emphasis and time dedicated to it[15]


  • 1923 – The Nursing Act of 1919 becomes effective and Ethel Gordon Fenwick is the first nurse registered in the UK.
  • 1925 - New Zealand attempted to have a nursing programme available at the University of Otago (Crisp, Taylor, Douglas & Rebeiro, 2013)
  • 1929 – The Japanese Nursing Association is established. [5]


  • 1937 – Sister Elizabeth Kenny in the U.S. publishes her first book, Infantile Paralysis and Cerebral Diplegia: Method of Restoration of Function.
  • 1938 - The New Zealand Social Security Act of 1938 marked the introduction of a comprehensive health system that mandated the provision of free care for all.[16]
  • 1939 - Registering of nursing aides commenced in New Zealand [17]
  • 1939-1945 - Australian and New Zealand nurses served outside their countries in World War II.[18]


  • 1942 – Banka Island massacre: Twenty one Australian nurses, survivors of a bombed and sunken ship, are executed by bayonet or machine gun by Imperial Japanese Army soldiers on 16 February.
  • 1944 - Ludwig Guttmanns Spinal Unit at Stoke, Mandeville was formally opened on 1 February with one patient and twenty-six beds (Allan, 2004)
  • 1948 – In Britain the National Health Service is launched on 5 July.
  • 1949 - Formation of College of Nursing Australia.[19]



  • 1960 – The University of Edinburgh initiates the first degree in nursing.[citation needed]
  • 1965 – The establishment of the first nurse practitioner (NP) role, developed jointly by a nurse educator and a physician at the University of Colorado [6]
  • 1965 – A Japanese court rules on the regulation regarding night shifts of nurses, limiting them to 8 days a month and banning single-person night shifts altogether. [7]
  • 1966 – The Filipino Nurses Association was renamed as The Philippine Nurses Association [20]
  • 1967 – The Salmon Report in Britain recommends the reorganisation of the NHS management, ultimately leading to the abolishment of matrons [8].
  • 1967 – Dame Cicely Saunders sets up the first hospice in a suburb of London. [9]
  • 1967 - New Zealand nursing undergo changes from being hospital-based apprentiships to tertiary education institutions [21]*


  • 1971 - The Carpenter report was released, this was a review released by New Zealand centered around the nursing education system, the report advocated training nurses in an educational environment. The government however decided that polytechs not universities were more appropriate for this, however the consequences of this were that nurses were only diploma level not degree level.[22]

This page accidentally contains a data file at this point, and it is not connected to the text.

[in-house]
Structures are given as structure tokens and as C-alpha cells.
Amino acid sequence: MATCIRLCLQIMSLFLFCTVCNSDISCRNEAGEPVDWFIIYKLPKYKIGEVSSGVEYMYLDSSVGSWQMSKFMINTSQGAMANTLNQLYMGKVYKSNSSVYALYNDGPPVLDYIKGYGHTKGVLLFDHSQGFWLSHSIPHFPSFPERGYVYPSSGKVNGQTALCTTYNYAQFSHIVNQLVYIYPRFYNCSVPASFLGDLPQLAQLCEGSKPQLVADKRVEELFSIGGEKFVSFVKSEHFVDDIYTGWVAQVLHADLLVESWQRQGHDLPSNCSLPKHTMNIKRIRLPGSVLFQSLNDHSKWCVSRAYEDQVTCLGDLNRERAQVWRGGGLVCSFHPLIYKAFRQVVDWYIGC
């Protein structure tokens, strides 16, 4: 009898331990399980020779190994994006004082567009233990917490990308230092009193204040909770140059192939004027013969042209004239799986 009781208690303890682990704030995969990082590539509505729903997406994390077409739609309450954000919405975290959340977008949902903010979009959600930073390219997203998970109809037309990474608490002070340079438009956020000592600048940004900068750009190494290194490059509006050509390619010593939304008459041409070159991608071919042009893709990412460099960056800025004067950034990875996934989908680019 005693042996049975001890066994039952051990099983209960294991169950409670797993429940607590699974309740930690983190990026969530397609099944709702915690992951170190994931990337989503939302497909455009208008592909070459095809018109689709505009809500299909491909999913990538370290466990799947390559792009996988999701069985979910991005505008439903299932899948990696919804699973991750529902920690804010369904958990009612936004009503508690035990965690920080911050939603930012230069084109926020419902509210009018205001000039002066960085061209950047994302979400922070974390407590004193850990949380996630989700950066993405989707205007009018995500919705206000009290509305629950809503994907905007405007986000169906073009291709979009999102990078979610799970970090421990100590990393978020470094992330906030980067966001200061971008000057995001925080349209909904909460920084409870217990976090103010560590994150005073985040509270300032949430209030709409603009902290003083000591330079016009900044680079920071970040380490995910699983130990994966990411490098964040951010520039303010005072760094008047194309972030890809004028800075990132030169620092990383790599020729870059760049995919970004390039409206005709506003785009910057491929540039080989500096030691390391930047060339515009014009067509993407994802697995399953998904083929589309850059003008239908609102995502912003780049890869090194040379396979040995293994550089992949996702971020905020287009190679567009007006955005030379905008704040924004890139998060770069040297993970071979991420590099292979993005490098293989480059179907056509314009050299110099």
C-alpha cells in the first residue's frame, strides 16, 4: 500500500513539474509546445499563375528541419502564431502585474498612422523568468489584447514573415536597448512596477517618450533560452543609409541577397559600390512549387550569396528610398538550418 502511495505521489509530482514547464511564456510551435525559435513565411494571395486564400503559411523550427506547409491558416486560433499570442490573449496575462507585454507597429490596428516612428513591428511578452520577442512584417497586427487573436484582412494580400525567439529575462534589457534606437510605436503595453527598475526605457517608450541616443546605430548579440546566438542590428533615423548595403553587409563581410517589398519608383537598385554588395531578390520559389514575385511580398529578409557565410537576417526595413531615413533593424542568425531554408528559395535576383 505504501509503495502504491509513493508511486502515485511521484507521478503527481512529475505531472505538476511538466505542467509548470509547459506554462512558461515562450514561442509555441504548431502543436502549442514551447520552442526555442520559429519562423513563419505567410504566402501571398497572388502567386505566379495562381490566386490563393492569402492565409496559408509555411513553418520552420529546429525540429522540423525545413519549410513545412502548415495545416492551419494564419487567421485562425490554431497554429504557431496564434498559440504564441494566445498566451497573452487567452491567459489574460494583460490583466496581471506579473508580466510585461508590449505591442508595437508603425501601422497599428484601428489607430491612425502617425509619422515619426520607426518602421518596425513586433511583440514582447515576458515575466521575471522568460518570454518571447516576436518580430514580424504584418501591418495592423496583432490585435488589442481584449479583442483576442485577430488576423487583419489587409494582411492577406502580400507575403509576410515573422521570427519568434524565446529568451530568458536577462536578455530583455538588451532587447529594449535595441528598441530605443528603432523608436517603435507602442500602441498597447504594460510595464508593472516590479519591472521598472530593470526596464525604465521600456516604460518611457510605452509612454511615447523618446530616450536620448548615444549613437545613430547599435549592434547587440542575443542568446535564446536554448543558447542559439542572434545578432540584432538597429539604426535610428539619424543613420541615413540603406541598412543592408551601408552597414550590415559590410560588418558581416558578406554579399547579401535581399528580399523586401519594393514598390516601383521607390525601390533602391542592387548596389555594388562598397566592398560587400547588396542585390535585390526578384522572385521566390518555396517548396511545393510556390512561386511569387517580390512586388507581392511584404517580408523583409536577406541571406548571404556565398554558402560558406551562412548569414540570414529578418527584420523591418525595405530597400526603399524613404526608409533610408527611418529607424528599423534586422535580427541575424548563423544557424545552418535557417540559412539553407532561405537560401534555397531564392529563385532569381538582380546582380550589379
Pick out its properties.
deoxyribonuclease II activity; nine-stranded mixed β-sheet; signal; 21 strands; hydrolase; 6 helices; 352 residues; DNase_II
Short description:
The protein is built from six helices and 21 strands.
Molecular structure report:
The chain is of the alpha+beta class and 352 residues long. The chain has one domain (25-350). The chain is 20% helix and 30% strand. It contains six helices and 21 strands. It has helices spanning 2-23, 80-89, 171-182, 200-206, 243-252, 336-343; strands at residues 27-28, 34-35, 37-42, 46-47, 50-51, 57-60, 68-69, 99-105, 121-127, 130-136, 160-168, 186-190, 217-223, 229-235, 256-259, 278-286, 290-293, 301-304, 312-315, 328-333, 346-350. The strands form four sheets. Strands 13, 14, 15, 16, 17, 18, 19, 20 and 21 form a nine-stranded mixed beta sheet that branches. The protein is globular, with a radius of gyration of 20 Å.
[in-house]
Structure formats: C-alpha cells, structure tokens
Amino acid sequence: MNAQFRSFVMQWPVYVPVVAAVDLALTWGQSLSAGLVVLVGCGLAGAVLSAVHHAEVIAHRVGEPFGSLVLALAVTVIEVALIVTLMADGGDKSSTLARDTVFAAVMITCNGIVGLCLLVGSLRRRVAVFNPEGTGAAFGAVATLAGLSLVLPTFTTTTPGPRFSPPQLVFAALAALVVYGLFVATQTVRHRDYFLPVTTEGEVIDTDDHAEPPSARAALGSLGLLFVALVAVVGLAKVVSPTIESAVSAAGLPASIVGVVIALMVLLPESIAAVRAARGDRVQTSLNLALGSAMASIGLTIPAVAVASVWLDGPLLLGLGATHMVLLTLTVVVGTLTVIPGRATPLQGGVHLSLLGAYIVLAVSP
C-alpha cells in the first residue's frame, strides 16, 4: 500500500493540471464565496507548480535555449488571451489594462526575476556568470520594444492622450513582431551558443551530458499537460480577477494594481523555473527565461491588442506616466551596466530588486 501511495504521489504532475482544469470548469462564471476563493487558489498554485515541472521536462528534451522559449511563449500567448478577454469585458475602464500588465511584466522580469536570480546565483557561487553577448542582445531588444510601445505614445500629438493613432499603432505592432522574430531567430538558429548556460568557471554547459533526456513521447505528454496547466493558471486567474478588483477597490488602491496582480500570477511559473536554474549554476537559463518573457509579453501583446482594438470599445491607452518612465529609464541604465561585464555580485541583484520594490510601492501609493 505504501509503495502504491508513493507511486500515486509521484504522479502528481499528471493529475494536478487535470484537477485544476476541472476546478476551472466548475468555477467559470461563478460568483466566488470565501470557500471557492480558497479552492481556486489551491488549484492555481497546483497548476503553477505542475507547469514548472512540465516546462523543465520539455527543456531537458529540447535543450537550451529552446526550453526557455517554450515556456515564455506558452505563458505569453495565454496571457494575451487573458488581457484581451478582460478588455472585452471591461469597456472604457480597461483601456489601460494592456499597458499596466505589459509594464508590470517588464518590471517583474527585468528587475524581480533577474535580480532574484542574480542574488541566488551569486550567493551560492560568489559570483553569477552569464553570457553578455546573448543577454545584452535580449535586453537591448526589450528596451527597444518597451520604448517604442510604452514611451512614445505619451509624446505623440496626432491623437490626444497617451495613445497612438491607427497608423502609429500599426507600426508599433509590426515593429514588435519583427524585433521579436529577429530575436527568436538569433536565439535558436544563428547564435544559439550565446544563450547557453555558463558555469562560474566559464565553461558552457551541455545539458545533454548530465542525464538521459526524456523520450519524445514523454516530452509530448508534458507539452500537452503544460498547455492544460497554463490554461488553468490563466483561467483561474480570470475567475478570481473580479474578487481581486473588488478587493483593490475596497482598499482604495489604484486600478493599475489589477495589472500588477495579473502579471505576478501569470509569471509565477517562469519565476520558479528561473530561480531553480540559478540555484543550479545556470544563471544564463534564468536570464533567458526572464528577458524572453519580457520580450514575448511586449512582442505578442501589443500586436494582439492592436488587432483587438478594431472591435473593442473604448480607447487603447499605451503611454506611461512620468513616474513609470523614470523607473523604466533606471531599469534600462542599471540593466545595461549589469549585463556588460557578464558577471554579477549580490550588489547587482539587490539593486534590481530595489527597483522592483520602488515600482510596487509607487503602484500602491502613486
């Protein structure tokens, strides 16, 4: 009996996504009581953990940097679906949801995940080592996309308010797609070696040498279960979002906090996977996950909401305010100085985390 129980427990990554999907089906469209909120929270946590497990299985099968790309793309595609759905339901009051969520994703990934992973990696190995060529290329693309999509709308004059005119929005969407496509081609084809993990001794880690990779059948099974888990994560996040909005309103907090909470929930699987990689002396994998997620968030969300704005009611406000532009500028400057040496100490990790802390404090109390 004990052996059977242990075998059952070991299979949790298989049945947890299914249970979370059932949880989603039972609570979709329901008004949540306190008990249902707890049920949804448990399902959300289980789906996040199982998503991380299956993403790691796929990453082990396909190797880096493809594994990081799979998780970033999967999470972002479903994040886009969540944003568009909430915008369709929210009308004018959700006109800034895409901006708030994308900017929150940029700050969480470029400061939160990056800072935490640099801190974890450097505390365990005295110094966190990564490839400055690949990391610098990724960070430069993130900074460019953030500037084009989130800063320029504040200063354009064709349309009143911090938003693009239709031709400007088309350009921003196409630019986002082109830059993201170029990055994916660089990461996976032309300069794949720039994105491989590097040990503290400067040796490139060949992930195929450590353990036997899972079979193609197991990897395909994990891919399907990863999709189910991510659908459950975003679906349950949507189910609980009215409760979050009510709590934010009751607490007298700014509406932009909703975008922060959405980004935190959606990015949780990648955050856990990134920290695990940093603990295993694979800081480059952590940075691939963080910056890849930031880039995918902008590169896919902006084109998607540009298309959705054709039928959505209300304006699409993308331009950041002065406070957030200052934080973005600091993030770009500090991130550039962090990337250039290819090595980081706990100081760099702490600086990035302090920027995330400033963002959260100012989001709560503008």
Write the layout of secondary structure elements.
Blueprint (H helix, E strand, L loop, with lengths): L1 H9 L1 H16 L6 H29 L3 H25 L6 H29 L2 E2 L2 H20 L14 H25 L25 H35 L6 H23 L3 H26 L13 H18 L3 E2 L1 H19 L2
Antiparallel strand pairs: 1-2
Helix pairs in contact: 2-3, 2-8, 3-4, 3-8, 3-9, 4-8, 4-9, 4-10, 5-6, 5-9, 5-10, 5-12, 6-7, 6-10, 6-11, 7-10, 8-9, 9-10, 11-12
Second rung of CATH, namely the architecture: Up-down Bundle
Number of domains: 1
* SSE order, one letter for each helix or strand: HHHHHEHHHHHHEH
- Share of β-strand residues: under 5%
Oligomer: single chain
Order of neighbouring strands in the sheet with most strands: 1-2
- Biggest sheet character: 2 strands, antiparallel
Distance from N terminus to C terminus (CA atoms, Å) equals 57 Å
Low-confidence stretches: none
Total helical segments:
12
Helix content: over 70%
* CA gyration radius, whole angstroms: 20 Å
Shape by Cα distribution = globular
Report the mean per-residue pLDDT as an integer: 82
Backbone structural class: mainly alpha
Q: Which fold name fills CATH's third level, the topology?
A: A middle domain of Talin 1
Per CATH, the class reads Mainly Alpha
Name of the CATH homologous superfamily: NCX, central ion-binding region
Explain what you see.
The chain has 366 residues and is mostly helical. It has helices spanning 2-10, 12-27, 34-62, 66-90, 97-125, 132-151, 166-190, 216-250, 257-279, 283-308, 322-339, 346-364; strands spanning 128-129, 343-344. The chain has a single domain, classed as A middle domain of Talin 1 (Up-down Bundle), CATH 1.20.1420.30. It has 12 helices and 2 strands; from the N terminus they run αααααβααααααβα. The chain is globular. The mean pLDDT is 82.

• 1973 - Christchurch and Wellington Polytechnics offer diploma-level nursing education; Massey and Victoria Universities (Wellington) start their post-registration bachelor degrees.[23]
  • 1975 - First nursing diploma program in Australia in a College of Advanced Education (CAE) in Melbourne, followed quckly by programs in New South Wales, South Australia and Western Australia.[24]



  • 1990 – Florence Nightingale's birthday (12 May) is declared the official Nursing Day in Japan. [11]
  • 1990 - Last student graduated from New Zealand hospital program.[25]
  • 1992 – Eddie Bernice Johnson is the first nurse elected to the U.S. Congress.
  • 1992 – "Cultural safety" was made a requirement for nursing and midwifery education programs by the Nursing Council of New Zealand. Cultural safety allows effective nursing of patients and/or family members of those of another culture by a nurse who has reflected on ones own cultural identity and understands the impact of differing cultures in nursing practice and patient care. (Papps & Ramsden, 1996)
  • 1992 - The Australian and New Zealand national governments signed a Mutual Recognition Agreement. (Daly, Speedy & Jackson, 2010)[26]
  • 1996 - The Flight Nurse Association was created by the New Zealand Nursing Organisaion (NZNO) to recognise the need of training and education of the same standards throughout New Zealand.[27]

21st century[edit]


  • 2000 - Review of undergraduate nursing education by New Zealand Nursing Council[28]
  • 2002 - Deborah Harris, New Zealand's first Nurse Practitioner [29]
  • 2002 – The Nursing and Midwifery Council takes over from the UKCC as the UK's regulatory body.
  • 2004 - The Health Practitioners Competence Assurance (2003) Act comes into full power on 18 September, in New Zealand, these cover the requirements for nurses to have current competences relating to their scope of practice.[30]
  • 2005 - The Nursing Council of New Zealand published a comprehensive guideline on cultural safety in nursing education and practice.[31]
  • 2007 – ICN Conference is held in Yokohama, Japan.
  • 2009 - Carnegie Foundation releases the results of its study of nursing education, "Educating Nurses: A Call for Radical Transformation". [12]